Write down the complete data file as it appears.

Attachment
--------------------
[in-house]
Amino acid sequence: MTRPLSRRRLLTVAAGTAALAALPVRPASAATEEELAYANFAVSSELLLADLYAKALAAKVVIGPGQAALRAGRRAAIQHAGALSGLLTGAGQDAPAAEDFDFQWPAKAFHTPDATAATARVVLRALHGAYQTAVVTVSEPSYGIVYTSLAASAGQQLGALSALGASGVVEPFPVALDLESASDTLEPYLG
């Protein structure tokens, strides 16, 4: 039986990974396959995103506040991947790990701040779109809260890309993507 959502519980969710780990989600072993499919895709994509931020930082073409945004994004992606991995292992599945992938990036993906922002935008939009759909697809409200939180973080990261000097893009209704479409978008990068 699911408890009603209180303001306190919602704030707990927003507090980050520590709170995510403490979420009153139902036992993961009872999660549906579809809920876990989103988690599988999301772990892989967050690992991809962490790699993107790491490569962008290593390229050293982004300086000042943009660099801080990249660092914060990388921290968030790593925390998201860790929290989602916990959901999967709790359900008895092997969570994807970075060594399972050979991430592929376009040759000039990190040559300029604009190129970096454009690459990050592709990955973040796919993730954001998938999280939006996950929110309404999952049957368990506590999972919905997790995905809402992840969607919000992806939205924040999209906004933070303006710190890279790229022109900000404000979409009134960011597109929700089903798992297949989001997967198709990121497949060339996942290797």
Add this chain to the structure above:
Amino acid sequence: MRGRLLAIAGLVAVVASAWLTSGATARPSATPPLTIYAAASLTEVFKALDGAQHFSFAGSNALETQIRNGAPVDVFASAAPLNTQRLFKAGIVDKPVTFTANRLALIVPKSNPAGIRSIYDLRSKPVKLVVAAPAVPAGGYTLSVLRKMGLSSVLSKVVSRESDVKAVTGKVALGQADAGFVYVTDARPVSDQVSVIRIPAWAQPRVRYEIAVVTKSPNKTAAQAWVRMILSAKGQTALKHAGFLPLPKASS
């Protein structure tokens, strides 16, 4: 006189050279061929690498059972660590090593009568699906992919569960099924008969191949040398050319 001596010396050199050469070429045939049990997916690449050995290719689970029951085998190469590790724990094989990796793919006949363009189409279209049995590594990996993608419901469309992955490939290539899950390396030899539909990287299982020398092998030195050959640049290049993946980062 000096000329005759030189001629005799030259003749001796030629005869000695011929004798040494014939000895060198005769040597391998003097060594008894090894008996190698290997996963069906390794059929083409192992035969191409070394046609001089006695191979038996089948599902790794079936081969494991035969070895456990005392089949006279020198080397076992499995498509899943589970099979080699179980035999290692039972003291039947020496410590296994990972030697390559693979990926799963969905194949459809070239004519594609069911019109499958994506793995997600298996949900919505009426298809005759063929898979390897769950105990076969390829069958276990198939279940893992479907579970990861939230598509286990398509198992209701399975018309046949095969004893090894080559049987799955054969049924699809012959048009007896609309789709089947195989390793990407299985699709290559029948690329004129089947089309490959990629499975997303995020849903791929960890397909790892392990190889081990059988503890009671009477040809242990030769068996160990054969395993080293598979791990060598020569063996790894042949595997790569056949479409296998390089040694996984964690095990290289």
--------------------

[in-house]
Amino acid sequence: MTRPLSRRRLLTVAAGTAALAALPVRPASAATEEELAYANFAVSSELLLADLYAKALAAKVVIGPGQAALRAGRRAAIQHAGALSGLLTGAGQDAPAAEDFDFQWPAKAFHTPDATAATARVVLRALHGAYQTAVVTVSEPSYGIVYTSLAASAGQQLGALSALGASGVVEPFPVALDLESASDTLEPYLG
């Protein structure tokens, strides 16, 4: 039986990974396959995103506040991947790990701040779109809260890309993507 959502519980969710780990989600072993499919895709994509931020930082073409945004994004992606991995292992599945992938990036993906922002935008939009759909697809409200939180973080990261000097893009209704479409978008990068 699911408890009603209180303001306190919602704030707990927003507090980050520590709170995510403490979420009153139902036992993961009872999660549906579809809920876990989103988690599988999301772990892989967050690992991809962490790699993107790491490569962008290593390229050293982004300086000042943009660099801080990249660092914060990388921290968030790593925390998201860790929290989602916990959901999967709790359900008895092997969570994807970075060594399972050979991430592929376009040759000039990190040559300029604009190129970096454009690459990050592709990955973040796919993730954001998938999280939006996950929110309404999952049957368990506590999972919905997790995905809402992840969607919000992806939205924040999209906004933070303006710190890279790229022109900000404000979409009134960011597109929700089903798992297949989001997967198709990121497949060339996942290797």
Add this chain to the structure above:
Amino acid sequence: MRGRLLAIAGLVAVVASAWLTSGATARPSATPPLTIYAAASLTEVFKALDGAQHFSFAGSNALETQIRNGAPVDVFASAAPLNTQRLFKAGIVDKPVTFTANRLALIVPKSNPAGIRSIYDLRSKPVKLVVAAPAVPAGGYTLSVLRKMGLSSVLSKVVSRESDVKAVTGKVALGQADAGFVYVTDARPVSDQVSVIRIPAWAQPRVRYEIAVVTKSPNKTAAQAWVRMILSAKGQTALKHAGFLPLPKASS
């Protein structure tokens, strides 16, 4: 006189050279061929690498059972660590090593009568699906992919569960099924008969191949040398050319 001596010396050199050469070429045939049990997916690449050995290719689970029951085998190469590790724990094989990796793919006949363009189409279209049995590594990996993608419901469309992955490939290539899950390396030899539909990287299982020398092998030195050959640049290049993946980062 000096000329005759030189001629005799030259003749001796030629005869000695011929004798040494014939000895060198005769040597391998003097060594008894090894008996190698290997996963069906390794059929083409192992035969191409070394046609001089006695191979038996089948599902790794079936081969494991035969070895456990005392089949006279020198080397076992499995498509899943589970099979080699179980035999290692039972003291039947020496410590296994990972030697390559693979990926799963969905194949459809070239004519594609069911019109499958994506793995997600298996949900919505009426298809005759063929898979390897769950105990076969390829069958276990198939279940893992479907579970990861939230598509286990398509198992209701399975018309046949095969004893090894080559049987799955054969049924699809012959048009007896609309789709089947195989390793990407299985699709290559029948690329004129089947089309490959990629499975997303995020849903791929960890397909790892392990190889081990059988503890009671009477040809242990030769068996160990054969395993080293598979791990060598020569063996790894042949595997790569056949479409296998390089040694996984964690095990290289």